But because of writers like Chinua Achebe and Camara Laye, I went through a mental shift in my perception of literature. I realized that people like me, girls with skin the color of chocolate, whose kinky hair could not form ponytails, could also exist in literature. I started to write about things I recognized.

Now, I loved those American and British books I read. They stirred my imagination. They opened up new worlds for me. But the unintended consequence was that I did not know that people like me could exist in literature. So what the discovery of African writers did for me was this: It saved me from having a single story of what books are…

… If I had not grown up in Nigeria, and if all I knew about Africa were from popular images,I too would think that Africa was a place of beautiful landscapes, beautiful animals, and incomprehensible people, fighting senseless wars, dying of poverty and AIDS, unable to speak for themselves and waiting to be saved by a kind, white foreigner.

izithunguthu

The Archive and Public Culture Research Initiative, where I work, is hosting an interesting conference next month:

IZITHUNGUTHU: 

Southern African Pasts Before the Colonial Era, their Archives and their Ongoing Present/Presence

16, 17, 18, July, 2015
Archive and Public Culture Research Initiative
University of Cape Town

“You can write and remember but for our part we are simply izithunguthu” (Thununu ka Nonjiya, 1903, in James Stuart Archive, vol.6. p.289)

Thunguthu (Isi), n. One flustered or put out, made to forget by being scolded or cross-questioned, though well-informed. Colenso’s Dictionary (4th ed., 1905, p. 627)

Transcript of Thununu ka Nonjiya, 1903, in James Stuart Archive, vol.6. p.289

Transcript of Thununu ka Nonjiya, 1903, in the James Stuart Archive

In late 2014 the sixth volume of the James Stuart Archive of Recorded Oral Evidence Relating to the History of the Zulu and Neighbouring Peoples (edited by the late C.de B.Webb and J.B. Wright) was published by the University of KwaZulu-Natal Press, bringing the number of pages of edited, translated and annotated archival text to a total of 1697 (excluding indexes), organised alphabetically from Antel to Zwayi, under the names of 185 primary interviewees.

The conference celebrates this remarkable editorial achievement and its contribution to the enquiry into the southern African past in the many eras before the advent of European colonialism. It also foregrounds and seeks to take forward new developments and thinking about these eras. It does this through a double focus on the different forms of archive relevant to the various eras and on the innovations – conceptual, theoretical, methodological, technological, practical or creative – involved both in mobilizing such archives, and indeed other materials considered to be not-archive, and in pursuing enquiries into those eras.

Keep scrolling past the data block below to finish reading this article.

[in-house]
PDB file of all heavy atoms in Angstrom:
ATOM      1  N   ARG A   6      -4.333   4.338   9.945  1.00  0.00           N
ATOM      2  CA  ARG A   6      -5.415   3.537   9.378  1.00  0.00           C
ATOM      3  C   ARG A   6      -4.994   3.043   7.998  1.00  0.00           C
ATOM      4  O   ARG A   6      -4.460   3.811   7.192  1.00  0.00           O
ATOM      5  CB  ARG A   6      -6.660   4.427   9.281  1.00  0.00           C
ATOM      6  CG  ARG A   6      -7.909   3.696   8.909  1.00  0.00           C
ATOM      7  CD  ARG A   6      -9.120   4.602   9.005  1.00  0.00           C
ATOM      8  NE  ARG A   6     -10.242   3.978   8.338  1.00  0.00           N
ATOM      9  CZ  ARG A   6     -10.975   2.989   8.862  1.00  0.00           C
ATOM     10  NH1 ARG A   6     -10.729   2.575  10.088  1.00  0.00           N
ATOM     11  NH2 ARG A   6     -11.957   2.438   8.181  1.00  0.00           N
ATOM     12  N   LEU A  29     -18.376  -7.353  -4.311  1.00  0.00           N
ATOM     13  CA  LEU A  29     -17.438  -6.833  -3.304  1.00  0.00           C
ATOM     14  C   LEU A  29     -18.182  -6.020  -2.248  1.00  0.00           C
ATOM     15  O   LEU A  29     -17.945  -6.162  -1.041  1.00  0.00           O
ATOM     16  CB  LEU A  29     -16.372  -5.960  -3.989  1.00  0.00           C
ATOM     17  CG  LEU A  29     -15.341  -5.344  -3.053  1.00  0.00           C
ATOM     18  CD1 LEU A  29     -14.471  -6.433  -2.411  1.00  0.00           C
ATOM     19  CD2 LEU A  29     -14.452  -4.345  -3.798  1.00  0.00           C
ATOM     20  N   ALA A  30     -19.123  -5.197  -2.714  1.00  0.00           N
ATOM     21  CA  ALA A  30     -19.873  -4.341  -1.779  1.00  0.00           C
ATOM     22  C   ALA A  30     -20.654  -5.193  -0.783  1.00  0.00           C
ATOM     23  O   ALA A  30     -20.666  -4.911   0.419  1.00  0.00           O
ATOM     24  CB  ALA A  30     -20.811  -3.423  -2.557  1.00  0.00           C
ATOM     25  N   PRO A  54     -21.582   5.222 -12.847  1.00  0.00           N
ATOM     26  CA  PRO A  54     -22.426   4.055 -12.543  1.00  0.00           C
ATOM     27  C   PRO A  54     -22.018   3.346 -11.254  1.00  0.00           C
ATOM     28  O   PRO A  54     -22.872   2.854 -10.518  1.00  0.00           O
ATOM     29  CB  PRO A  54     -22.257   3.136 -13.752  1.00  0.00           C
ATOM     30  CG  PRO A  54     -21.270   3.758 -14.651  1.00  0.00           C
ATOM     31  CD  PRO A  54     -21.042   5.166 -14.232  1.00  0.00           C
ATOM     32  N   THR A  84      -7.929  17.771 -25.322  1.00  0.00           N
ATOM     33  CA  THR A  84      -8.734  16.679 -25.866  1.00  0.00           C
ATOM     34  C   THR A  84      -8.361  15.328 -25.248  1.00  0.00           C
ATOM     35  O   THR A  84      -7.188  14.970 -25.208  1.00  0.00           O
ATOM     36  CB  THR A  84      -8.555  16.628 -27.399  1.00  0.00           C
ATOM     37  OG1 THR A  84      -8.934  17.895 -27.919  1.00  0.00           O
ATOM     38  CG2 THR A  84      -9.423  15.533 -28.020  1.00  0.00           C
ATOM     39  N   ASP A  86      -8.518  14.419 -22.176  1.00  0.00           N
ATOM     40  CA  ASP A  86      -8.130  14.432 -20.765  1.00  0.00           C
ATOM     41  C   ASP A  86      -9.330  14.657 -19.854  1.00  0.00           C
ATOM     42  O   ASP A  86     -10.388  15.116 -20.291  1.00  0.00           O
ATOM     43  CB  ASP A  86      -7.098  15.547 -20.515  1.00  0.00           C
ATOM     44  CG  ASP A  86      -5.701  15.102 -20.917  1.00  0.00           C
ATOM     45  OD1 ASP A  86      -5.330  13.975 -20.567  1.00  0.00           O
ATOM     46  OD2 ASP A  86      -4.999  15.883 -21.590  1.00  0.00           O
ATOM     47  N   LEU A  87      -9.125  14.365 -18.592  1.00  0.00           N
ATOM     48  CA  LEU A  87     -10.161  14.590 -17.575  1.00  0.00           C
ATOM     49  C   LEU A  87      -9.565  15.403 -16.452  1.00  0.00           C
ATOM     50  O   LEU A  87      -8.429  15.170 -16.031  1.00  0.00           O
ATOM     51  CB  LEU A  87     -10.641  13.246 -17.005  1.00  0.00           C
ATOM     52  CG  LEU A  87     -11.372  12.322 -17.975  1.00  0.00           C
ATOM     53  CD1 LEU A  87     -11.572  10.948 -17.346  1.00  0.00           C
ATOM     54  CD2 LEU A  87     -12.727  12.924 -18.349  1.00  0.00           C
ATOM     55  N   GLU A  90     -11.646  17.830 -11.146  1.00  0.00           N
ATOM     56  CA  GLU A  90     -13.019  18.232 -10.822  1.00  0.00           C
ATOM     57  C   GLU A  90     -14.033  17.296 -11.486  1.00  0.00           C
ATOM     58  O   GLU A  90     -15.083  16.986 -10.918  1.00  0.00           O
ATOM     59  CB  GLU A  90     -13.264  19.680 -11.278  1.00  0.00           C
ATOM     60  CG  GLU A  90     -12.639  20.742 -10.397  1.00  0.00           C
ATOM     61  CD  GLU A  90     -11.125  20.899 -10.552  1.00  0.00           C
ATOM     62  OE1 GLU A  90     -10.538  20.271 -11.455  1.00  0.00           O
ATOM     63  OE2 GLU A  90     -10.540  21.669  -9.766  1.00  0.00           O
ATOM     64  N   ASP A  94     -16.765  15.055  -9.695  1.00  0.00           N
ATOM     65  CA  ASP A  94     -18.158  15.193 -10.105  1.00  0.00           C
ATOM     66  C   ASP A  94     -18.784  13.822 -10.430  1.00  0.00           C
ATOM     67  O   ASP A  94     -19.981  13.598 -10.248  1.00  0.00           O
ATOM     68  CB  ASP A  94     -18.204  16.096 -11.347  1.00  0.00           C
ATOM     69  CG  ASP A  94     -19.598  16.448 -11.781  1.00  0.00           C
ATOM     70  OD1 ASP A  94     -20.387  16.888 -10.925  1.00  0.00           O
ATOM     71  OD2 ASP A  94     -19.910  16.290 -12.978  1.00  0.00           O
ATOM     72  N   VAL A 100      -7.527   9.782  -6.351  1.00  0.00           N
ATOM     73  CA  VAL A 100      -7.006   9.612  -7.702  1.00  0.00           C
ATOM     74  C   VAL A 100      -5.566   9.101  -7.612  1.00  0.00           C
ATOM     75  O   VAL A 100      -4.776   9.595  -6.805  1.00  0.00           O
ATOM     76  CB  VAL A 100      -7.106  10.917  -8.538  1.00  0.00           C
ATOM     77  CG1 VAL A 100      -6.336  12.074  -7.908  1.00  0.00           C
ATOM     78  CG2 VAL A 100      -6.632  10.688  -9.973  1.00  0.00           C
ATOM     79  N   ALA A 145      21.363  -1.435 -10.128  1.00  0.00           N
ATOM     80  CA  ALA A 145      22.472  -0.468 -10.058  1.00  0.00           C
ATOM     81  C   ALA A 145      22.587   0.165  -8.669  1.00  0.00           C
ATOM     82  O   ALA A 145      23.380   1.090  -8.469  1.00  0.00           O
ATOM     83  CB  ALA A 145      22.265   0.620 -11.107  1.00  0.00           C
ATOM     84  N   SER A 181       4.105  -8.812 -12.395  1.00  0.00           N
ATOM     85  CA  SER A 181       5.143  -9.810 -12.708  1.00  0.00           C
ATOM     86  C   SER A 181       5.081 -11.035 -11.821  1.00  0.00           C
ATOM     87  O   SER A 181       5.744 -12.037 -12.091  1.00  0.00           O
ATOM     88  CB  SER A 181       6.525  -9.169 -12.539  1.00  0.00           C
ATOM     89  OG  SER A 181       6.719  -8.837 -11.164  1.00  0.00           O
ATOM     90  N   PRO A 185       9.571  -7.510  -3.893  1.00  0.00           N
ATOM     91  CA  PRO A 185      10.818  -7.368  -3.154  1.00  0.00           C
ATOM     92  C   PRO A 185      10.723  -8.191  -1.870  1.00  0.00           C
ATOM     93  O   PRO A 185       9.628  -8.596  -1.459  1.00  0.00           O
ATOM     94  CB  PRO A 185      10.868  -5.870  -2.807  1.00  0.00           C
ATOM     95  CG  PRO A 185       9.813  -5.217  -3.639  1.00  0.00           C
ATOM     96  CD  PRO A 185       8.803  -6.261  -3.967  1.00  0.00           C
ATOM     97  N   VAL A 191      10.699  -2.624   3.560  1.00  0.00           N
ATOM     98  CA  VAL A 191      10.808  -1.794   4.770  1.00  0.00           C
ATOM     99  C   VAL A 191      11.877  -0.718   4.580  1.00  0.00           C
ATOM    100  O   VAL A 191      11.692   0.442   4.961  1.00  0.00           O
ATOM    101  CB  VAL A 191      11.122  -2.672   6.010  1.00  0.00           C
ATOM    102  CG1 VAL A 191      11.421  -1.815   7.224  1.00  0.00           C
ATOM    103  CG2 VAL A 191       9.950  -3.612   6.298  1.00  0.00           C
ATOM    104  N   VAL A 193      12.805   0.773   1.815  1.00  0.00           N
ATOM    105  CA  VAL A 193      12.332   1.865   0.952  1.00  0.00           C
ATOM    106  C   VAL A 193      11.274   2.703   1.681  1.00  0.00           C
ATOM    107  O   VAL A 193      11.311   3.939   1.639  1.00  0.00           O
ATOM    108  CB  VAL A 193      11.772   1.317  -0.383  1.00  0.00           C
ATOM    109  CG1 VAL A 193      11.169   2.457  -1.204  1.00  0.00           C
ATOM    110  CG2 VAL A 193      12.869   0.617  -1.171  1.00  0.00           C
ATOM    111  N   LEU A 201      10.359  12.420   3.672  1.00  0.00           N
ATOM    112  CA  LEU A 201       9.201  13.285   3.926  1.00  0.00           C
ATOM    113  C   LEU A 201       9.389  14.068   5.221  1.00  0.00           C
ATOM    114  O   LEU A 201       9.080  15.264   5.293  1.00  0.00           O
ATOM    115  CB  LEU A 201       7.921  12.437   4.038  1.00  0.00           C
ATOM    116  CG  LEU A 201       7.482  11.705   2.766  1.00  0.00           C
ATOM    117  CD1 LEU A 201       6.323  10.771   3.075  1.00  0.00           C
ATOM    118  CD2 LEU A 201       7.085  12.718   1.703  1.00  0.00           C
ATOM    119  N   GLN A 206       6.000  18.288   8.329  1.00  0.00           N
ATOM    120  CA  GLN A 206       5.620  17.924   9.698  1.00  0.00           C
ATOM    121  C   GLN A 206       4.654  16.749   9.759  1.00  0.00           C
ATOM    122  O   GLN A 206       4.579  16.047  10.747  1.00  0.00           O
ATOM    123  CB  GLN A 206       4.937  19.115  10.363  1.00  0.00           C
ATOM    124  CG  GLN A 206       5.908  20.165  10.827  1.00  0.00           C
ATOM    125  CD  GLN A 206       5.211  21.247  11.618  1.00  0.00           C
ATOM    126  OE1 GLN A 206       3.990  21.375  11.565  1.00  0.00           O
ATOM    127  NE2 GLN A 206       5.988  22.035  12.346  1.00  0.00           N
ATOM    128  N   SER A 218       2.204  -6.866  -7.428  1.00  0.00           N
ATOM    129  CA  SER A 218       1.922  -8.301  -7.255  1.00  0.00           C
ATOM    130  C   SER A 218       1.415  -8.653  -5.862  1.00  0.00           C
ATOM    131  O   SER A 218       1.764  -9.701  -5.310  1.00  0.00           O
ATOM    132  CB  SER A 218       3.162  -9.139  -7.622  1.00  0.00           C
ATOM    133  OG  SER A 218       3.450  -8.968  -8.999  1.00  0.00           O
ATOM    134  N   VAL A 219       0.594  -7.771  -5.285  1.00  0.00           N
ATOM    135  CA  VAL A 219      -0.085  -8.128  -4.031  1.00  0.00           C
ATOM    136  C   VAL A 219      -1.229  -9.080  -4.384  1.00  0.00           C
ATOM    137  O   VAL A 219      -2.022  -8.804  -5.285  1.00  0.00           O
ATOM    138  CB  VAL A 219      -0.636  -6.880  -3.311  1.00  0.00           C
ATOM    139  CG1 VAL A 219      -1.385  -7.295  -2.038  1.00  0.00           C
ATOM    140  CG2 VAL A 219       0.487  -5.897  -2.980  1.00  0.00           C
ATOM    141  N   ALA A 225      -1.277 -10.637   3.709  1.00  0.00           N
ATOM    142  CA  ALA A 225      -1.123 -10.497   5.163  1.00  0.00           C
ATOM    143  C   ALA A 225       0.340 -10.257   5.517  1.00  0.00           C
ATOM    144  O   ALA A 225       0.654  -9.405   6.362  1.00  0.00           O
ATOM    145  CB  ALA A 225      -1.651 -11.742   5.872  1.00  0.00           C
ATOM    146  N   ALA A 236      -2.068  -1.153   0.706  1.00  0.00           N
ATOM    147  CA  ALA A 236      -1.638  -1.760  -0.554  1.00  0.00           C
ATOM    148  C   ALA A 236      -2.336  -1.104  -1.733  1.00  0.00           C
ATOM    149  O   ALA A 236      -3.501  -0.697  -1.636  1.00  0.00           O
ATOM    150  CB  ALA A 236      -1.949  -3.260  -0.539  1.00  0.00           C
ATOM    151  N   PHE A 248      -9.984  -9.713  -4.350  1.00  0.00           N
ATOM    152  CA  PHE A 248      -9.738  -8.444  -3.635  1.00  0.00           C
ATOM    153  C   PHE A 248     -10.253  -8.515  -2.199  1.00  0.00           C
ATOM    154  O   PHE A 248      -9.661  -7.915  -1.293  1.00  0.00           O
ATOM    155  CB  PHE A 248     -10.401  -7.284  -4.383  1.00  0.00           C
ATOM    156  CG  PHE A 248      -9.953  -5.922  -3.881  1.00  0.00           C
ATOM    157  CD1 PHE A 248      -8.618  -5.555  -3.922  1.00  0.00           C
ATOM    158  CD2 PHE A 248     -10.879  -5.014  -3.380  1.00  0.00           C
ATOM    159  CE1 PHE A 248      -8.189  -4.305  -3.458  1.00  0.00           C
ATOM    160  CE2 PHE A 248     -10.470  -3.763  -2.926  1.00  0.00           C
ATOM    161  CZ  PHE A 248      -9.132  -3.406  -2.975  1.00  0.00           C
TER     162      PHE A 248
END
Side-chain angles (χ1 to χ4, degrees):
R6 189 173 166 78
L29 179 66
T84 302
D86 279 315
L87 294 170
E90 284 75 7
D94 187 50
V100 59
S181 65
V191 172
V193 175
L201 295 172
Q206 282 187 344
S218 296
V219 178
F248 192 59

The conference will be organised around four central themes:

  • the making and remaking of the James Stuart Archive;
  • the nature and forms of archive, and indeed other forms of historical material, pertinent to these eras;
  • the meanings of pasts designated “pre-colonial” in the present, and in past presents;
  • innovations- conceptual, theoretical, methodological, technological, practical and creative – in enquiry into these eras.

The Making and Remaking of the James Stuart Archive
The James Stuart Archive is a rare southern African treasure for a number of reasons, of which two are particularly significant. The first is that while the collection is undoubtedly the work of the collector, and has been fundamentally shaped by him in ways that are the subject of ongoing critical scholarly investigation, the recorded texts also offer insight into the thinking of the various people whose accounts Stuart recorded. The bulk of the material was documented between 1897 and 1922, when Stuart interviewed some 200 people whom he considered to be well informed on contemporary and historical matters relevant to the region. He took detailed notes in the course of the conversations, often seemingly recording people in their own words. His working methods, the contributions of his interlocutors and all the other factors that shaped the archival texts, are the subject of ongoing scholarly attention. The combination of the extensiveness of the corpus and the nature of the material covered by interviewer and interviewees, often dealing with topics little discussed elsewhere in written documentation of the time, makes it one of South Africa’s most valuable historical resources pertinent to the late independent era in south-east Africa, as well as the colonial period that followed.

Archive and its “Others”
The past decade has seen the paying of close attention to the making and shaping of archive in many forms, while archive/s have also been the subject of sustained theoretical and methodological discussion. Long understood to be a time without an archive, the eras of the past before European colonialism and enquiries into them both draw from and contribute to, in distinctive ways, the larger critical discussion about archive, itself otherwise decisively shaped by European intellectual history.  The conference theme on the nature and forms of archive focuses attention on these distinctive ways, seeking to understand what they mean for the wider understanding of archive and what they mean for enquiries into the long southern African past.